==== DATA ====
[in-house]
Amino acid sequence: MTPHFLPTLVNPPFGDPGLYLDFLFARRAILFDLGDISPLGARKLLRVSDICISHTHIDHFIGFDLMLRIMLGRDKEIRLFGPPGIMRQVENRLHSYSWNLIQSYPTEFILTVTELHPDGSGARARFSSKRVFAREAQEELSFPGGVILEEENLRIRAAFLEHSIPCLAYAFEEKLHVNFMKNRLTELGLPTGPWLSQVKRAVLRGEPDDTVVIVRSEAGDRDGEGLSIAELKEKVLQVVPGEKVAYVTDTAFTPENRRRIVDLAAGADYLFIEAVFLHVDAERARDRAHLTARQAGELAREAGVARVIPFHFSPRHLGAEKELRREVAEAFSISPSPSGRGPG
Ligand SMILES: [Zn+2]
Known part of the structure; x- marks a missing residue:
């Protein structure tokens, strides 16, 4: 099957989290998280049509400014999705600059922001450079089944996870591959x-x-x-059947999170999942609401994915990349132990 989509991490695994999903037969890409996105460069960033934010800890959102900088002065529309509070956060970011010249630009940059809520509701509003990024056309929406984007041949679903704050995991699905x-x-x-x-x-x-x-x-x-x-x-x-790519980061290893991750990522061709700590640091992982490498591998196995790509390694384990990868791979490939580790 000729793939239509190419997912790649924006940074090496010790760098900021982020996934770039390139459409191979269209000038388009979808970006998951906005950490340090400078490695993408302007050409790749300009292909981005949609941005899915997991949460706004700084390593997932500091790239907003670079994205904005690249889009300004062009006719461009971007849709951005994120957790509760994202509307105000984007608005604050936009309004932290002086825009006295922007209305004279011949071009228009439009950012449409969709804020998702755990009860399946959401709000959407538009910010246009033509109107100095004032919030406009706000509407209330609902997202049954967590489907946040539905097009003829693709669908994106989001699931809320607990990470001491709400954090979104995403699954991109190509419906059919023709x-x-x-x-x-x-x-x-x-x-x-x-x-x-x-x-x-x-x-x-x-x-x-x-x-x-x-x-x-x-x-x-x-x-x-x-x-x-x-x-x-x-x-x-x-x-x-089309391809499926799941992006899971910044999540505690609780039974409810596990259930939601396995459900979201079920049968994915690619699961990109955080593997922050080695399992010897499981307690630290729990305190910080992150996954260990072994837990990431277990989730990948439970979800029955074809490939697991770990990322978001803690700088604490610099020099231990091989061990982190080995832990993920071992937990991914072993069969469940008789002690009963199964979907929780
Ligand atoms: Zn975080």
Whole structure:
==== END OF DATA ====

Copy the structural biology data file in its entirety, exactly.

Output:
[in-house]
Amino acid sequence: MTPHFLPTLVNPPFGDPGLYLDFLFARRAILFDLGDISPLGARKLLRVSDICISHTHIDHFIGFDLMLRIMLGRDKEIRLFGPPGIMRQVENRLHSYSWNLIQSYPTEFILTVTELHPDGSGARARFSSKRVFAREAQEELSFPGGVILEEENLRIRAAFLEHSIPCLAYAFEEKLHVNFMKNRLTELGLPTGPWLSQVKRAVLRGEPDDTVVIVRSEAGDRDGEGLSIAELKEKVLQVVPGEKVAYVTDTAFTPENRRRIVDLAAGADYLFIEAVFLHVDAERARDRAHLTARQAGELAREAGVARVIPFHFSPRHLGAEKELRREVAEAFSISPSPSGRGPG
Ligand SMILES: [Zn+2]
Known part of the structure; x- marks a missing residue:
């Protein structure tokens, strides 16, 4: 099957989290998280049509400014999705600059922001450079089944996870591959x-x-x-059947999170999942609401994915990349132990 989509991490695994999903037969890409996105460069960033934010800890959102900088002065529309509070956060970011010249630009940059809520509701509003990024056309929406984007041949679903704050995991699905x-x-x-x-x-x-x-x-x-x-x-x-790519980061290893991750990522061709700590640091992982490498591998196995790509390694384990990868791979490939580790 000729793939239509190419997912790649924006940074090496010790760098900021982020996934770039390139459409191979269209000038388009979808970006998951906005950490340090400078490695993408302007050409790749300009292909981005949609941005899915997991949460706004700084390593997932500091790239907003670079994205904005690249889009300004062009006719461009971007849709951005994120957790509760994202509307105000984007608005604050936009309004932290002086825009006295922007209305004279011949071009228009439009950012449409969709804020998702755990009860399946959401709000959407538009910010246009033509109107100095004032919030406009706000509407209330609902997202049954967590489907946040539905097009003829693709669908994106989001699931809320607990990470001491709400954090979104995403699954991109190509419906059919023709x-x-x-x-x-x-x-x-x-x-x-x-x-x-x-x-x-x-x-x-x-x-x-x-x-x-x-x-x-x-x-x-x-x-x-x-x-x-x-x-x-x-x-x-x-x-x-089309391809499926799941992006899971910044999540505690609780039974409810596990259930939601396995459900979201079920049968994915690619699961990109955080593997922050080695399992010897499981307690630290729990305190910080992150996954260990072994837990990431277990989730990948439970979800029955074809490939697991770990990322978001803690700088604490610099020099231990091989061990982190080995832990993920071992937990991914072993069969469940008789002690009963199964979907929780
Ligand atoms: Zn975080």
Whole structure: